How do you and Andy you look back on your time in Zen Guerrilla?
RM: It's been quite a while now - that was like 10 years ago, before I had a family. We all grew up playing together but we reached a point where it wasn't fun anymore and we wanted to wind things down and play something like Carlton Melton. We're very proud of it, it was good music, but we're really stoked about what we're doing right now. We've evolved a lot music-wise.
How does San Francisco's music scene compare with when you were playing in the 90s?
RM: There's a lot of great bands now and Carlton Melton was very well received. Ripley from Wooden Shjips is very supportive, we played a show with Earthless where Isaiah the guitarist came up and played that Pink Floyd song with us… Assemble Head in Sunburst Sound… Everyone's really friendly and it's a breath of fresh air. In the 90s bands would be a little standoffish and everyone was trying a little too hard to be hardcore or whatever.
A lot of interesting bands from round there at the moment, as ever.
RM: Yeah. We played with White Hills, and Dave is just the nicest person you could ever meet. We played with Sleepy Sun who are all in their 20s – very cool and very nice. I can't say enough about those younger bands. Very positive, very supportive and you get a sense talking to them there's something beyond the music. If you take away their band they're still gonna be doing cool stuff. They're good people.
So San Francisco hasn't sold out as much as people say it has?
RM: Well San Francisco draws a lot of people and it's a transient town – people come and go and there's a lot of new energy. It's really small, nothing like London or New York, and it's beautiful. If you get in a car and drive for half an hour you're in the mountains. You know, those bands in the 60s like the Grateful Dead moved out of the city into the country. Practically all those bands started out in San Francisco and gravitated towards the country. And we get that feeling when we go up and see Brian, we get it about 20 miles out of San Francisco. Leaving people and everything behind and just going to play music is a great feeling.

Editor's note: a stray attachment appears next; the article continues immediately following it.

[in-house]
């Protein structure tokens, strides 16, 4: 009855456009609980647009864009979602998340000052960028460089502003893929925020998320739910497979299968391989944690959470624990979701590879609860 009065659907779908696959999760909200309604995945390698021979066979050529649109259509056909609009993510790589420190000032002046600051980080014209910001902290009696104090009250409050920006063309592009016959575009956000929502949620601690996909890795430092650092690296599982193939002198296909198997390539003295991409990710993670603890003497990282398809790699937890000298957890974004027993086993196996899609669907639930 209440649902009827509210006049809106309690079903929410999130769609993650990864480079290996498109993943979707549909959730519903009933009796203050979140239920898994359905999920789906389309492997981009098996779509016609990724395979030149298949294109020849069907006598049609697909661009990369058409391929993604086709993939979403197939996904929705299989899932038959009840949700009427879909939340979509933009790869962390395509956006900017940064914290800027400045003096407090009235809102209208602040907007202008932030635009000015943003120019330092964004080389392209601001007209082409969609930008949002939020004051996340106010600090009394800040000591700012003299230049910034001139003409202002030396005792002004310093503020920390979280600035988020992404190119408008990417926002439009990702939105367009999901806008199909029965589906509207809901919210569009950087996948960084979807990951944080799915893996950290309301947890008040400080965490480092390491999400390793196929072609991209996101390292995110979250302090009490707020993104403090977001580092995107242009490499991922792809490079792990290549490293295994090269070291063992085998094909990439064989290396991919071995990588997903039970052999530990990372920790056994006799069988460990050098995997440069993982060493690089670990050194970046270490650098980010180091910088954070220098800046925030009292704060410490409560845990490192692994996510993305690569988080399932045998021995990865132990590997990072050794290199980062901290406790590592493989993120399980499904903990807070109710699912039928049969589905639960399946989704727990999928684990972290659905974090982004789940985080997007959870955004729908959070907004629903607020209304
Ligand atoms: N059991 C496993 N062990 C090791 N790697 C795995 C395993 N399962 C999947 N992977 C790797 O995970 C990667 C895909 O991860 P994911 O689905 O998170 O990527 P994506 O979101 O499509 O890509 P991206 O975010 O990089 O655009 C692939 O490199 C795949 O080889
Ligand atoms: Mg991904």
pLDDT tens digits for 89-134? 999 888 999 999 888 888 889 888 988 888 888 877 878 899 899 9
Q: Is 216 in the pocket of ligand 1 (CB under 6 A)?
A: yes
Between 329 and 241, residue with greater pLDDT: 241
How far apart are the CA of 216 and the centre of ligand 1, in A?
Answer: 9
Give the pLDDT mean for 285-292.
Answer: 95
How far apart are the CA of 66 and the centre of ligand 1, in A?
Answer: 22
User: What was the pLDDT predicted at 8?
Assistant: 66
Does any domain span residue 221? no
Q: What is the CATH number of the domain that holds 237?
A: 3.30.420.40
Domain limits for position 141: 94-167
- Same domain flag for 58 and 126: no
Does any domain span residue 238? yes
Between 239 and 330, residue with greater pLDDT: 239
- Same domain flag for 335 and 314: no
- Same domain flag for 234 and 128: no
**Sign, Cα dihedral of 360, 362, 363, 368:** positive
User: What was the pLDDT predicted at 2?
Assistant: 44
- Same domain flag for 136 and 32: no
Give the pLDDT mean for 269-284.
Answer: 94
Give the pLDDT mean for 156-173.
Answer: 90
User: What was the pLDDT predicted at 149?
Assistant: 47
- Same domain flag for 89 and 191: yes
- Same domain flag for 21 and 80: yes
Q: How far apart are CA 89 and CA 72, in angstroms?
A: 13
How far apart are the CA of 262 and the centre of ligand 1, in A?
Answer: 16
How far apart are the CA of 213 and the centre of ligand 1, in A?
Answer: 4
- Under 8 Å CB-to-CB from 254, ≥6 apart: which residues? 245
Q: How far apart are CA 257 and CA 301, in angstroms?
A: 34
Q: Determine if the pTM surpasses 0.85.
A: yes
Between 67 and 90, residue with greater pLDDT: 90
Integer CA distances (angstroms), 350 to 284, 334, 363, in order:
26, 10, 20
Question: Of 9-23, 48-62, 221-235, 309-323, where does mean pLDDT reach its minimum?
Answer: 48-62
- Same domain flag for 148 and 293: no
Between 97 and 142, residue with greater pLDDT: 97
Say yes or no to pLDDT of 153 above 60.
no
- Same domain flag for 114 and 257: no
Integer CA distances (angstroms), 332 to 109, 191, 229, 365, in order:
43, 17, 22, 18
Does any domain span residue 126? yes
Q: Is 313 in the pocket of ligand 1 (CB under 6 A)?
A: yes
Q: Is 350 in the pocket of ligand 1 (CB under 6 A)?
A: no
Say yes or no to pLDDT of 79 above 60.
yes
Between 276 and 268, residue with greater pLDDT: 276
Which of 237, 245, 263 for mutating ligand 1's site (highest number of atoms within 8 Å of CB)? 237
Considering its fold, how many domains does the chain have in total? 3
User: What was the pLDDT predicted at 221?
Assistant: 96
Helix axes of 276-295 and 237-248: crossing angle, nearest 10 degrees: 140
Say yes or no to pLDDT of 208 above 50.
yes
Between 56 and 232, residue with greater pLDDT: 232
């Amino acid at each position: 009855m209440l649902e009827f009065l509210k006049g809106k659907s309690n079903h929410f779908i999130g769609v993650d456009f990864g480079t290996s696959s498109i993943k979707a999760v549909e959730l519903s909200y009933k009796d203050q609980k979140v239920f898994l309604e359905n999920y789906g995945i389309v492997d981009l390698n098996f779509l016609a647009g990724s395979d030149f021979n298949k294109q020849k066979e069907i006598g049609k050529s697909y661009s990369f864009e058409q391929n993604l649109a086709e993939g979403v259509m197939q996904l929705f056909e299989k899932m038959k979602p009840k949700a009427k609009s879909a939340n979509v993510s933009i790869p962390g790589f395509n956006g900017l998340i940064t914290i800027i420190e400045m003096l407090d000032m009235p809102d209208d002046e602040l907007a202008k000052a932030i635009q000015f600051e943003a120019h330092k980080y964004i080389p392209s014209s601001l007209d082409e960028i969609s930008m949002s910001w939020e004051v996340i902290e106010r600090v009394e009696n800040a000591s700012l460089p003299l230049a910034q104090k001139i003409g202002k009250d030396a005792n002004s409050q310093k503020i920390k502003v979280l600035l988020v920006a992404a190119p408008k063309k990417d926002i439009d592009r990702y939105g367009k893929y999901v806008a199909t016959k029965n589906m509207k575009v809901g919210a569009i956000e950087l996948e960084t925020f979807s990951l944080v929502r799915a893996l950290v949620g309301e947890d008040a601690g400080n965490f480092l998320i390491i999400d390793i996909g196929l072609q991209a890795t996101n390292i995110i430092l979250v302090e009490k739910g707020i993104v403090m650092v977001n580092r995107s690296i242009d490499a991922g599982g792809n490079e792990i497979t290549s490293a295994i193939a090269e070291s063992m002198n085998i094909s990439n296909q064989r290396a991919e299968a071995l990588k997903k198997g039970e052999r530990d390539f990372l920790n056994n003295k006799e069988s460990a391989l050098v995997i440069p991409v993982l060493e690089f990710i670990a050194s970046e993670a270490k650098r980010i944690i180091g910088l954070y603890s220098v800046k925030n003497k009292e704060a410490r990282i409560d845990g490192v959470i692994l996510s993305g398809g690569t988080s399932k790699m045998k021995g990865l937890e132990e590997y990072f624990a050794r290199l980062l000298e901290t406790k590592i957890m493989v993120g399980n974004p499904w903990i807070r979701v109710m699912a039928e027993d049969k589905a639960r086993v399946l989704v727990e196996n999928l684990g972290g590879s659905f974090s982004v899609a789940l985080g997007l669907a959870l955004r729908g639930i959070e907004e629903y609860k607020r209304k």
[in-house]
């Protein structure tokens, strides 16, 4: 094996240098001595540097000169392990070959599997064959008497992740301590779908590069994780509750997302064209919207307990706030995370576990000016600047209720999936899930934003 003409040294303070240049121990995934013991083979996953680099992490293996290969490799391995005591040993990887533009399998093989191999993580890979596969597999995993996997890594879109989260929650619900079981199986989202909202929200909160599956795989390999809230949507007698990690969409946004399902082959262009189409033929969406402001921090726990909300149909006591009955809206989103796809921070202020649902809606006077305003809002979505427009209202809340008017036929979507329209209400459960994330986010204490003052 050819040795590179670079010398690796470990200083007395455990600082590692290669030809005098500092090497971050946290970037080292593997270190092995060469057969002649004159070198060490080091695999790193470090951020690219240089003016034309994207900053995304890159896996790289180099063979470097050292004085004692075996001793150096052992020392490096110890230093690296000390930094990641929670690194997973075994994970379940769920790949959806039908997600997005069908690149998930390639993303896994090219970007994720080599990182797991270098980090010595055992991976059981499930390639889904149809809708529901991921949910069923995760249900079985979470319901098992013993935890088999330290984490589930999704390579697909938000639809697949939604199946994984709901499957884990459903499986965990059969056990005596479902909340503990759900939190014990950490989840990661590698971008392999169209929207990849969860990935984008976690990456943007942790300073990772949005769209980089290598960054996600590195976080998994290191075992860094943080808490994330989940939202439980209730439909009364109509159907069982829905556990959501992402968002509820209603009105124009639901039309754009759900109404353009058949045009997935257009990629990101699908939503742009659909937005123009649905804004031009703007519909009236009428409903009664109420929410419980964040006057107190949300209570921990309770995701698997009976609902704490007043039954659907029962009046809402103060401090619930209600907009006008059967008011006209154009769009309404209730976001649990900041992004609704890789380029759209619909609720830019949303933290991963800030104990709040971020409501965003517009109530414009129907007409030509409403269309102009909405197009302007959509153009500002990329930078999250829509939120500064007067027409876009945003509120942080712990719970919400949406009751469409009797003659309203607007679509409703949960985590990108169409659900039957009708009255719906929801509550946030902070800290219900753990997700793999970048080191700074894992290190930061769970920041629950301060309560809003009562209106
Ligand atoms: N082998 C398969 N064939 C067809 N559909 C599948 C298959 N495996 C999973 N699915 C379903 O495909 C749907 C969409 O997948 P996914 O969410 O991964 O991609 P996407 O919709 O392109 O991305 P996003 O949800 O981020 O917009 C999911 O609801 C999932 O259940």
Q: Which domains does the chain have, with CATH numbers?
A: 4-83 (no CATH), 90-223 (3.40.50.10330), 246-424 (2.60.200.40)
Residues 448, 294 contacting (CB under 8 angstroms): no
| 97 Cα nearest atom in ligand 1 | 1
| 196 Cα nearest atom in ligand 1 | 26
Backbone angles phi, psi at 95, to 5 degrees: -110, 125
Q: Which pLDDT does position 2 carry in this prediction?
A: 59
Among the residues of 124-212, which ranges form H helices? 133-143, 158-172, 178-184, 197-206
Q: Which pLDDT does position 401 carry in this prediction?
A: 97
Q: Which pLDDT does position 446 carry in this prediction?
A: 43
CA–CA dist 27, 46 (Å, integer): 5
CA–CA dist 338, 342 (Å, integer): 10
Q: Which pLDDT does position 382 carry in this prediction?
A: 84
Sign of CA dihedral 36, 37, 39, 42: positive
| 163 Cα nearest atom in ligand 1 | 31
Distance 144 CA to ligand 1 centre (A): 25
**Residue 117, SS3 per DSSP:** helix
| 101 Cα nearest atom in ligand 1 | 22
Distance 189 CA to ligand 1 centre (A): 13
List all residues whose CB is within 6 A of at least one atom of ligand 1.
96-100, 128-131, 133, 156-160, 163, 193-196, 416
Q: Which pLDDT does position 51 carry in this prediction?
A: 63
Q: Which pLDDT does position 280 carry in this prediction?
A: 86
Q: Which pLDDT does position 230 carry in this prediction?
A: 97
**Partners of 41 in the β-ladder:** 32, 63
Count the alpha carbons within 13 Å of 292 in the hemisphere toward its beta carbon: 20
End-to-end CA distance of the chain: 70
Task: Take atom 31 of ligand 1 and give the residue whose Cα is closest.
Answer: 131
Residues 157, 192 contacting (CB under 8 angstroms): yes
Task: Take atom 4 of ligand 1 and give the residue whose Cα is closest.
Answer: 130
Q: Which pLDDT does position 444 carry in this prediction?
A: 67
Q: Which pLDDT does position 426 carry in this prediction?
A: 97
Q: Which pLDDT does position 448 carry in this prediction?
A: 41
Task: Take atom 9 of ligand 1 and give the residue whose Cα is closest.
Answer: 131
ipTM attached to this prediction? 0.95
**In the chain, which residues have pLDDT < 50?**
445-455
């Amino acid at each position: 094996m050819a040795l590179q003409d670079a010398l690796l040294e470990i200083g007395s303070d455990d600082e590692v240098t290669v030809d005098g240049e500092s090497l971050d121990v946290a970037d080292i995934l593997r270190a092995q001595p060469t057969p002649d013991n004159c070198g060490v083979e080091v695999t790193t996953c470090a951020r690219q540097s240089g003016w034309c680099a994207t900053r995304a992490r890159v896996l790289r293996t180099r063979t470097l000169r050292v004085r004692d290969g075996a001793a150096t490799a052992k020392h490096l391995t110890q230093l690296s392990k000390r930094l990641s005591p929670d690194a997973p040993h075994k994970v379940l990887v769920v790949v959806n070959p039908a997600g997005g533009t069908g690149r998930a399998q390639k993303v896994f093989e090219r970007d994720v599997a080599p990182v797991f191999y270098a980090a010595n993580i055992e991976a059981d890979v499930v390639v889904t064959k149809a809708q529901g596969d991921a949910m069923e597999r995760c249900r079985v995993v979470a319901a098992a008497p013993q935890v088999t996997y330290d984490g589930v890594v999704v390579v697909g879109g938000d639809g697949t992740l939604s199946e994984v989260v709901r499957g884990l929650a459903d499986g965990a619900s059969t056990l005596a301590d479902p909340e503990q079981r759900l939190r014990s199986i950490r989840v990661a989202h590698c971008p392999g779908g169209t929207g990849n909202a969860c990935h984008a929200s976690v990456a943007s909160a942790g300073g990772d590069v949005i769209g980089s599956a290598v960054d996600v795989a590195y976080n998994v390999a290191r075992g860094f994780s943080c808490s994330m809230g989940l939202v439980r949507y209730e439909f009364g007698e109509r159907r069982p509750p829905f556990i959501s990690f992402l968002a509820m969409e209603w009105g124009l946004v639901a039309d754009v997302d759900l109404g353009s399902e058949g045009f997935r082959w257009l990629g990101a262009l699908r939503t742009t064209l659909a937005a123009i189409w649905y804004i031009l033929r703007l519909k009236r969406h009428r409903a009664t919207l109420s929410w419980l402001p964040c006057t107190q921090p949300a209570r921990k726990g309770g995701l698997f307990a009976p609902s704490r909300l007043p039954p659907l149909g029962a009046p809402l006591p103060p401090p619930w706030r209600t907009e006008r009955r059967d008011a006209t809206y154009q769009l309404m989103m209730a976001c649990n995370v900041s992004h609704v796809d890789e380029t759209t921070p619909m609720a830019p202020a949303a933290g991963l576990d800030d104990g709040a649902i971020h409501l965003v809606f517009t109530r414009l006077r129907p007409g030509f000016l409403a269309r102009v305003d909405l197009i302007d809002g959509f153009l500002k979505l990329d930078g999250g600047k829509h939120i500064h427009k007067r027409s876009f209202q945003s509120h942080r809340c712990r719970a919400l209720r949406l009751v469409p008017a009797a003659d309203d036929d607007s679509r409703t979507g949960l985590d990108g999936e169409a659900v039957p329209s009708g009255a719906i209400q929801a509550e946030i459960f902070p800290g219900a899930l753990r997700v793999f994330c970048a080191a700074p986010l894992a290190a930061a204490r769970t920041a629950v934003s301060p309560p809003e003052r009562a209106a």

What qualities are required in a musician to play improvised music like you do?
RM: With us, nobody knows what's going to happen. We don't really talk about it, no one says, "you do this and I'll do that," it's more hit it and quit it. You don't want it to be contrived. I guess you've got to be open to what someone else is going to play and you can't force it. You just go in there, you don't even make eye contact, and no one stops and says, "hey try that again". We don't even listen to it until a couple of weeks later.
That's a big change from the Zen Guerrilla days.
RM: Yeah absolutely, although Andy and I would sit in a rehearsal back then and play tonnes of Carlton Melton-type stuff but it would never see the light of day. When you're on a label like Sub Pop there's expectations, and they want songs.
Finally, how do you think Carlton Melton's music is best experienced?
RM: I'd be happy if a band is on tour, like Sleepy Sun or somebody, and they're driving across the country and it's two in the morning, and there's a guy up front driving with his co-pilot, and they throw on Carlton Melton. That would make me happy and they'd probably get through another hour of driving through Kansas. Our music's for other bands to listen to in the middle of the night as they drive from one town to the other.